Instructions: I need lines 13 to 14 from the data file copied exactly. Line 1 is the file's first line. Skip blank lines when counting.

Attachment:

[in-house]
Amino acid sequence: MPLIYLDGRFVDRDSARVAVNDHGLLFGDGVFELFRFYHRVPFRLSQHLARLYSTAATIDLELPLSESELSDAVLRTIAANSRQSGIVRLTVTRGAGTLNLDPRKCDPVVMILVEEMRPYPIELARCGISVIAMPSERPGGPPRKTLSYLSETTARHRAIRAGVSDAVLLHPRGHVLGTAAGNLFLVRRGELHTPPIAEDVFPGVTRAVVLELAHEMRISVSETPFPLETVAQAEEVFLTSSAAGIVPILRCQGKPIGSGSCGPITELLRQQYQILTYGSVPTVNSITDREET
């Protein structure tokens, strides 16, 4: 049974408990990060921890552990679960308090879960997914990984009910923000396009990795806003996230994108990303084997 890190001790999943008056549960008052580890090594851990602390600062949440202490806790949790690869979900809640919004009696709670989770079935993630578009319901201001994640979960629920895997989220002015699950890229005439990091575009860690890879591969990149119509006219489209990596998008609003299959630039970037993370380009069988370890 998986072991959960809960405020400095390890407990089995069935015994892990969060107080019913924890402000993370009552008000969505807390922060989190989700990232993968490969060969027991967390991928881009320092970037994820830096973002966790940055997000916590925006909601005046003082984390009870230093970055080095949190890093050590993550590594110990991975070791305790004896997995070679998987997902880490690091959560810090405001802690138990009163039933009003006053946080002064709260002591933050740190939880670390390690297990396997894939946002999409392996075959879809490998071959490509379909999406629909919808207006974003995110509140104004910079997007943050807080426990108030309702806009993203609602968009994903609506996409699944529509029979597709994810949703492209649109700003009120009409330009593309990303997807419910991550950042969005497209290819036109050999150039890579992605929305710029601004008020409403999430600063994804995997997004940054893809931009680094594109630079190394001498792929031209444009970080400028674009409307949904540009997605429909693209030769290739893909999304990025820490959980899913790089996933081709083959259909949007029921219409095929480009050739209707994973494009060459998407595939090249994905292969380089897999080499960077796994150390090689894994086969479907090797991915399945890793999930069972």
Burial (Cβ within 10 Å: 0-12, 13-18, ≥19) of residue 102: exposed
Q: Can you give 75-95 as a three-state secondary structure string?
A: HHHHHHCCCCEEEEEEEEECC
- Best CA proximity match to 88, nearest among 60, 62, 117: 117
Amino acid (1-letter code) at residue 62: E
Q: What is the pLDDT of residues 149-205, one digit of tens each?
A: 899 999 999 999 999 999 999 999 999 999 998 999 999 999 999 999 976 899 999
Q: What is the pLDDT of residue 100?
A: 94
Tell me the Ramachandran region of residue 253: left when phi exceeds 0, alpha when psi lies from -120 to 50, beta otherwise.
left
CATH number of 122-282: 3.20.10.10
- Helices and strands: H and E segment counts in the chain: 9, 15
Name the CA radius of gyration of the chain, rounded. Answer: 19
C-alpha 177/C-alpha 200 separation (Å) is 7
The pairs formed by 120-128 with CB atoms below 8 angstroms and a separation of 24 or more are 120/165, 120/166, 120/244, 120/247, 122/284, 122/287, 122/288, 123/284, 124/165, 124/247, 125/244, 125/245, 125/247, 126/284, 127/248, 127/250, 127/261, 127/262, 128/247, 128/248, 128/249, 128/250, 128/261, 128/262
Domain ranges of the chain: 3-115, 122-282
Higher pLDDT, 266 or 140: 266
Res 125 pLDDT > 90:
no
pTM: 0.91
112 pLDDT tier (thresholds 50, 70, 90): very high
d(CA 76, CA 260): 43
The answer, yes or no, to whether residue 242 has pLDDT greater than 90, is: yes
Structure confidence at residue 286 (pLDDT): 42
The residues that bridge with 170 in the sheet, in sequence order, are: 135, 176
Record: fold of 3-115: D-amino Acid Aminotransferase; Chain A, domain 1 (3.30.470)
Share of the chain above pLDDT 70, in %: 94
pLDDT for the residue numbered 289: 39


Tell me the Ramachandran region of residue 253: left when phi exceeds 0, alpha when psi lies from -120 to 50, beta otherwise.
left